Illinois’ current system of drawing districts gives the party in power ultimate authority to redraw maps to its benefit. Reforming the way maps are drawn has bipartisan support in Illinois, which is why Senate Republicans are urging the Governor to follow through with his pledge to support fair maps, taking the power away from politicians and putting it in the hands of the people.

You can voice your support for fair maps by signing my petition here:

Recreational cannabis legal in Illinois beginning Jan. 1

Illinois is now the 11th state to legalize the recreational use and sale of cannabis. The new law, which was signed by Gov. J.B. Pritzker on June 25, sets in place regulations for businesses, possession limits for consumers, tax rates, and a process for expungement of records.

Adults 21 years and older can possess up to 30 grams of cannabis or five grams of concentrate. Those with medical cannabis cards can grow up to five plants for personal use.

Businesses must be properly licensed and follow strict regulations to sell cannabis products; however, local governments have the option to opt out of allowing dispensaries in their jurisdiction.

The sale of cannabis is subject to an excise tax at both the wholesale and consumer level. Municipalities and counties can also impose taxes. However, medical marijuana is exempt from all taxes.

The law also puts a process in place for those with possession offenses or manufacture/deliver offenses of 30 grams or less to be expunged by the Governor. Those convicted of crimes dealing with 30 grams or more must apply to the Prisoner Review Board for possible expungement.

Adults can begin buying and using cannabis legally starting Jan. 1, 2020.

New Laws That Took Effect July 1

Tobacco 21 (HB 345/PA 101-0002): Raises the legal age to purchase tobacco, electronic cigarettes, or alternative nicotine products to 21.

Texting While Driving Penalties (HB 4846/PA 100-0858): States that first-time incidences of driving while operating a handheld mobile device are considered a “moving violation,” and the operator using a hand-held device could face a $75 fine. Previous law considered first-time offenses as a “non-moving violation.”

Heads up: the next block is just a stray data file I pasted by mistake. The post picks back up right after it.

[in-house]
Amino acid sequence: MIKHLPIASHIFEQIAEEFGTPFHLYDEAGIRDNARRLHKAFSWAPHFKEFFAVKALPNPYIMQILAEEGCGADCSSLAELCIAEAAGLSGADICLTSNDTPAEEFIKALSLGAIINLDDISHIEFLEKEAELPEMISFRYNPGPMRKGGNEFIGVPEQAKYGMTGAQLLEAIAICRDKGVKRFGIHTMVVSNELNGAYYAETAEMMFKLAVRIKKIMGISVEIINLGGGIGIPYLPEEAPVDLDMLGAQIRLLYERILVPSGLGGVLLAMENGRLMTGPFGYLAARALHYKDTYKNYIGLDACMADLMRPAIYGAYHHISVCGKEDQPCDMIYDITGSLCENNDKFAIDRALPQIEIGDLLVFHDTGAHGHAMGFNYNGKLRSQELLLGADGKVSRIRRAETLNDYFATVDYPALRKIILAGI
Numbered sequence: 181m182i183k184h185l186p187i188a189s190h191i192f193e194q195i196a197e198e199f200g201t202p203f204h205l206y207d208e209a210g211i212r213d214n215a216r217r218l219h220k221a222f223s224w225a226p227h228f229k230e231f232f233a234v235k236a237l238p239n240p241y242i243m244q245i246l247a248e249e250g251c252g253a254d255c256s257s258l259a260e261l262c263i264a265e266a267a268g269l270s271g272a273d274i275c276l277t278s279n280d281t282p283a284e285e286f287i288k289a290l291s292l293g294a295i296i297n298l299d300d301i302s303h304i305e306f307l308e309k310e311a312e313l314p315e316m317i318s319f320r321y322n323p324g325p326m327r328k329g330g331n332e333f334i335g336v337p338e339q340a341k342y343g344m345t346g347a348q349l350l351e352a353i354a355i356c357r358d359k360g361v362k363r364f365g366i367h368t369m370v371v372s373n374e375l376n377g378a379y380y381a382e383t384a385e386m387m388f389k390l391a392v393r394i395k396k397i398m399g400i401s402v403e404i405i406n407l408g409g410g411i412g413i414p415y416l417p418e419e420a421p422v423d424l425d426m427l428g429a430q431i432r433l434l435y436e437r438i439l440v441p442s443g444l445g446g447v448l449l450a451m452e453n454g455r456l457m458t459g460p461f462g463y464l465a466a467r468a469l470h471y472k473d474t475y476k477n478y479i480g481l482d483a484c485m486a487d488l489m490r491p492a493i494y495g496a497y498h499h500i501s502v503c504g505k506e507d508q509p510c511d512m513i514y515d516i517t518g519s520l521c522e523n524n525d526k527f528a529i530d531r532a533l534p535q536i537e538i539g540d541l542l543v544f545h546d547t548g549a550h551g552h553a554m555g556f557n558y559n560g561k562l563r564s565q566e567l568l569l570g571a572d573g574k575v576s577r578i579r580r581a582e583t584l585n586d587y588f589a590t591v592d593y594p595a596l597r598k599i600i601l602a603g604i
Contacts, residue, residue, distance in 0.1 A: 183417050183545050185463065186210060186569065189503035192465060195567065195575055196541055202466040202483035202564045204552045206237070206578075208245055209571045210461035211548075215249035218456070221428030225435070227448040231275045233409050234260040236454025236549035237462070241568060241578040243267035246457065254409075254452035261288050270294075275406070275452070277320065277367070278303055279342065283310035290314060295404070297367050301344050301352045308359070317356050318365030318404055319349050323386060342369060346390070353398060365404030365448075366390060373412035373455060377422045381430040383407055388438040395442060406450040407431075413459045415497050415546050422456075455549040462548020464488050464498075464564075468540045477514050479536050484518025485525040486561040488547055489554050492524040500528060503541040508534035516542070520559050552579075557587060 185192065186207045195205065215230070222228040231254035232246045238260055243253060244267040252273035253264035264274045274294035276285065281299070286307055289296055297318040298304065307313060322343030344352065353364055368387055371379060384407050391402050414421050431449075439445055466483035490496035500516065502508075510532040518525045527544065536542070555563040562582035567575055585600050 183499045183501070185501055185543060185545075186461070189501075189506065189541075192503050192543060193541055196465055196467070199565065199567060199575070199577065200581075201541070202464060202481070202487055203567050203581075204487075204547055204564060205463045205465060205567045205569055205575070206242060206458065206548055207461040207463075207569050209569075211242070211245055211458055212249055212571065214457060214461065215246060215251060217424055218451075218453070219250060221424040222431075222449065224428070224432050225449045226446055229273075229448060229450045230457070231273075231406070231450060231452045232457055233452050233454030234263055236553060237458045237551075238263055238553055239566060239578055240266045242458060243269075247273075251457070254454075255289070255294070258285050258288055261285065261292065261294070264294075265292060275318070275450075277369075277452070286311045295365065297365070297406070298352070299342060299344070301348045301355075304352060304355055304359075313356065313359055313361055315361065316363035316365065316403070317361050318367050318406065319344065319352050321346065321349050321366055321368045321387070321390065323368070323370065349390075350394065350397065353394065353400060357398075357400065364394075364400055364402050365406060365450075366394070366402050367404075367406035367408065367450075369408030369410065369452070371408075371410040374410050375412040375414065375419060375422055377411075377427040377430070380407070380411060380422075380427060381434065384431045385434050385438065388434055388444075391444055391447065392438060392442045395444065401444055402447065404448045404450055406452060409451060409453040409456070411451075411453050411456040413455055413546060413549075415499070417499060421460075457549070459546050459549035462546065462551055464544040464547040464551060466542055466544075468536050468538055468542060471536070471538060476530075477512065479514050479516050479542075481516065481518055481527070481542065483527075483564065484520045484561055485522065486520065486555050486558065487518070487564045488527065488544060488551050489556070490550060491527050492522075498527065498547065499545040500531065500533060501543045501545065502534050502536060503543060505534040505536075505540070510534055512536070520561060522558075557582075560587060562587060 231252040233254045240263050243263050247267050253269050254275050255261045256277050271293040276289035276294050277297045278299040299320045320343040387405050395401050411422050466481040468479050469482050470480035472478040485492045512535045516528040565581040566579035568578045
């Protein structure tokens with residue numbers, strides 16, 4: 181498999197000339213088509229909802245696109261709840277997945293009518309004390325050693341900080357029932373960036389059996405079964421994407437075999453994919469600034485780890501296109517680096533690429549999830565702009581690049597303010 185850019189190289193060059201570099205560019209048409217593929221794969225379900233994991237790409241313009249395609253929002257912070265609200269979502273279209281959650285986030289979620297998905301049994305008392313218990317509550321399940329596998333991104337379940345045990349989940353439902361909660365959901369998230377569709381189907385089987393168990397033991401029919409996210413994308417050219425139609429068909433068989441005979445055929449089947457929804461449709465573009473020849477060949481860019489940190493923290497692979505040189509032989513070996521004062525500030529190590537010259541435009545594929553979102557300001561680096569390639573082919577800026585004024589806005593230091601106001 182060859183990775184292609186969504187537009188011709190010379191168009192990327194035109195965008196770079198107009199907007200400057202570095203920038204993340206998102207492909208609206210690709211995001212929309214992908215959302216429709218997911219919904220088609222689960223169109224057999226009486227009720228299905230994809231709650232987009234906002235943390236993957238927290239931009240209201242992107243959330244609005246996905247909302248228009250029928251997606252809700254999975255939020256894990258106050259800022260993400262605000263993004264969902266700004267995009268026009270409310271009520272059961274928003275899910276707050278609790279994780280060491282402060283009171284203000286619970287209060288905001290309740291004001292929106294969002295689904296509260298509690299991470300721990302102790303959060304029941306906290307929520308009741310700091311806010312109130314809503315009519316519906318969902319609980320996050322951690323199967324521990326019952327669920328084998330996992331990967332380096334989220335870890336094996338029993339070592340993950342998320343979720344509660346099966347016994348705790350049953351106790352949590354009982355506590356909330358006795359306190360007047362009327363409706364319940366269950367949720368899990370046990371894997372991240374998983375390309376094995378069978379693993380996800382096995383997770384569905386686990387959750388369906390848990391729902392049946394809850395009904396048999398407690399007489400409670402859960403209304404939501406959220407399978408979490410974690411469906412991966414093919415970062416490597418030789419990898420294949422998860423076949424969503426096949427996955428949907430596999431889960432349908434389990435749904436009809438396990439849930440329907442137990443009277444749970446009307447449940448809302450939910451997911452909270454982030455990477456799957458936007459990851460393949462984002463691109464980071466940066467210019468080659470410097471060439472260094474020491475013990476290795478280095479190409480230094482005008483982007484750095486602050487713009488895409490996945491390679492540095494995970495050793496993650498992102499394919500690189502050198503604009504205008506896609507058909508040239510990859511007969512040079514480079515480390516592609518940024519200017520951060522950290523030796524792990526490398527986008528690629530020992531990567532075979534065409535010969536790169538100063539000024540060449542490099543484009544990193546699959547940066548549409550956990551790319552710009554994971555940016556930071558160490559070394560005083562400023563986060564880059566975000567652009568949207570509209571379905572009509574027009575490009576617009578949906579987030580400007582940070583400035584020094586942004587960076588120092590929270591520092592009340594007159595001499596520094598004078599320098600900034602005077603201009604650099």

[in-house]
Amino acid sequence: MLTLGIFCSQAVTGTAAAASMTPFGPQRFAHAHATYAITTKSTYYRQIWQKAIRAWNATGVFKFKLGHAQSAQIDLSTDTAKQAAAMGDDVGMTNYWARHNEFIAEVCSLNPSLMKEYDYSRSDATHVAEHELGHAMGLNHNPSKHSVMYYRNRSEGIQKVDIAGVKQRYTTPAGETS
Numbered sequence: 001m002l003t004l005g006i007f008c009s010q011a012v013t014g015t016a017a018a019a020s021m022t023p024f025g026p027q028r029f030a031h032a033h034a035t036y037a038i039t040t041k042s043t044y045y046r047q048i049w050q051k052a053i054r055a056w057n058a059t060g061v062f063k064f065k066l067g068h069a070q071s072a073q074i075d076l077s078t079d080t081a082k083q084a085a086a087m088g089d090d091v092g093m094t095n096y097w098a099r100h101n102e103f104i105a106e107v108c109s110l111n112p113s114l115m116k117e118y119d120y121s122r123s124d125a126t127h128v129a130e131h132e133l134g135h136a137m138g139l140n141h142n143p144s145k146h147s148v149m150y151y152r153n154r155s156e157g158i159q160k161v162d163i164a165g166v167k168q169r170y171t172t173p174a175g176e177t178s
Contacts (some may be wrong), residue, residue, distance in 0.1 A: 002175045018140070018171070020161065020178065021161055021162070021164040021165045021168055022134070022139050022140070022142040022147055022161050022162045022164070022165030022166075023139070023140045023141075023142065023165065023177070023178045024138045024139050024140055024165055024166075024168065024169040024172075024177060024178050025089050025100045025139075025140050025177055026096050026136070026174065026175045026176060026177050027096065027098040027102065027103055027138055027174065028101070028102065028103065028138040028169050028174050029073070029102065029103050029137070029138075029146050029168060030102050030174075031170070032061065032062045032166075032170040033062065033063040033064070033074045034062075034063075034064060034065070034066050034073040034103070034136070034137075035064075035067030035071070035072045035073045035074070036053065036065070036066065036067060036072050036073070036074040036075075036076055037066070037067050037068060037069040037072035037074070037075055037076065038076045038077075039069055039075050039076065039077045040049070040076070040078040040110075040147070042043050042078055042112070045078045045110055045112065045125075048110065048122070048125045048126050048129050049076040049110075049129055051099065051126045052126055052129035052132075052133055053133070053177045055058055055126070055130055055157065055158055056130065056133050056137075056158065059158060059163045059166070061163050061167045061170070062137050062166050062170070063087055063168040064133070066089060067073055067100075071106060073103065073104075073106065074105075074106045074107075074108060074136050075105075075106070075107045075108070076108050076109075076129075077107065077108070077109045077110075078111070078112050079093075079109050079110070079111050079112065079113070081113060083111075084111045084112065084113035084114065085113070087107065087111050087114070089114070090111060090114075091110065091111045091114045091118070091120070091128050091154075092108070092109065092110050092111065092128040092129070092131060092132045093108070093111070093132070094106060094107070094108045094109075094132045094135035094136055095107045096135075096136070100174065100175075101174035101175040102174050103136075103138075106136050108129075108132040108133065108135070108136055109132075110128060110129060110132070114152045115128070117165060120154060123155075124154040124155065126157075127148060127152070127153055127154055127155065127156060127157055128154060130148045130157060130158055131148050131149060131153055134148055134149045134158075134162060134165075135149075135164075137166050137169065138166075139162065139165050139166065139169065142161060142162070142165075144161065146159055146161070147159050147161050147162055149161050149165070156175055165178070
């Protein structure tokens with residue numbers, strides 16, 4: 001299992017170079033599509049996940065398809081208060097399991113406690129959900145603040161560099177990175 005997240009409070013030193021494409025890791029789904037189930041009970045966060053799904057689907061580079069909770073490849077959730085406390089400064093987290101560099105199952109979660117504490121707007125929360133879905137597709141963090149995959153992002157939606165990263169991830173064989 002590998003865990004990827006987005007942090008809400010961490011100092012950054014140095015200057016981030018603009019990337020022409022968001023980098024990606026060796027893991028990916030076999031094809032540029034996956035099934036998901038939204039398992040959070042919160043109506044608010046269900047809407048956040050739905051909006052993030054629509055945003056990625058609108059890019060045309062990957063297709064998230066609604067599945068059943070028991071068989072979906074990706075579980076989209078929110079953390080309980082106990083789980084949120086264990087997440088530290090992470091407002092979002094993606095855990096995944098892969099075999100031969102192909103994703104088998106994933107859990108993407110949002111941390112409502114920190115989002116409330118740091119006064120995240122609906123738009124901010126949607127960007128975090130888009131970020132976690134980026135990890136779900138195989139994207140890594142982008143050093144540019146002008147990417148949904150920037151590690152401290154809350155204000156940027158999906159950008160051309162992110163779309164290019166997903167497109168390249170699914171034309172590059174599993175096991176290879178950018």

State Hospital Residents ID (SB 2903/PA 100-0717): Requires the Secretary of State to issue a standard Illinois ID card to a person upon conditional release or absolute discharge from the custody of the Illinois Department of Human Services.

Chronic Absence Data Collection (HB 5771/PA 100-0819): Requires any preschool that receives funding via the Preschool for All program to collect and review its chronic absence data and determine what systems of support and resources are needed to positively engage chronically absent students and their families to encourage the habit of daily attendance and promote success.

School Report Card Attendance (SB 1532/PA 100-0448): Provides that the State Report Card for schools must contain data on average daily attendance.

Instructional Day Definition (SB 28/PA 101-0012): Defines a school instructional day as a minimum of five clock hours of seat time.  Provides that the following participation in dual credit enrollment, in a supervised career development experience, in a youth apprenticeship or in a blended learning program will be counted towards the calculation of clock hours of school work per day. Also, expands the e-learning pilot program to all school districts and provides that the regional offices of education or intermediate service centers  have the responsibility to verify e-learning programs prior to their use in a school district.

Diversion from Institutionalization Homes Program (SB 2424/PA 100-0924): Requires the Illinois Department of Human Services to create the Diversion from Facility Based Care Program consisting of at least six homes in various locations to serve individuals with intellectual or developmental disabilities who are at risk of institutionalization.

Government Entity Billing (SB 544/PA 100-0994): Amends the Criminal and Traffic Assessment Act to allow for billing of certain government entities by circuit clerk for civil filing fees and to clarify civil case debt collection fees.

Illinois Liquor Control Commission Reorganization (SB 3022/PA 100-1050): Removes the Illinois Liquor Control Commission from its reorganization under the Illinois Department of Revenue.

Meat Products for Personal Use (SB 1364/PA 100-1185): Expands the options a Type I meat processing establishment may pursue to process or slaughter meat for its own personal use.

Criminal Fines (Senate Bill 1328/PA 100-1161): Increases the minimum felony fine from $25 to $75.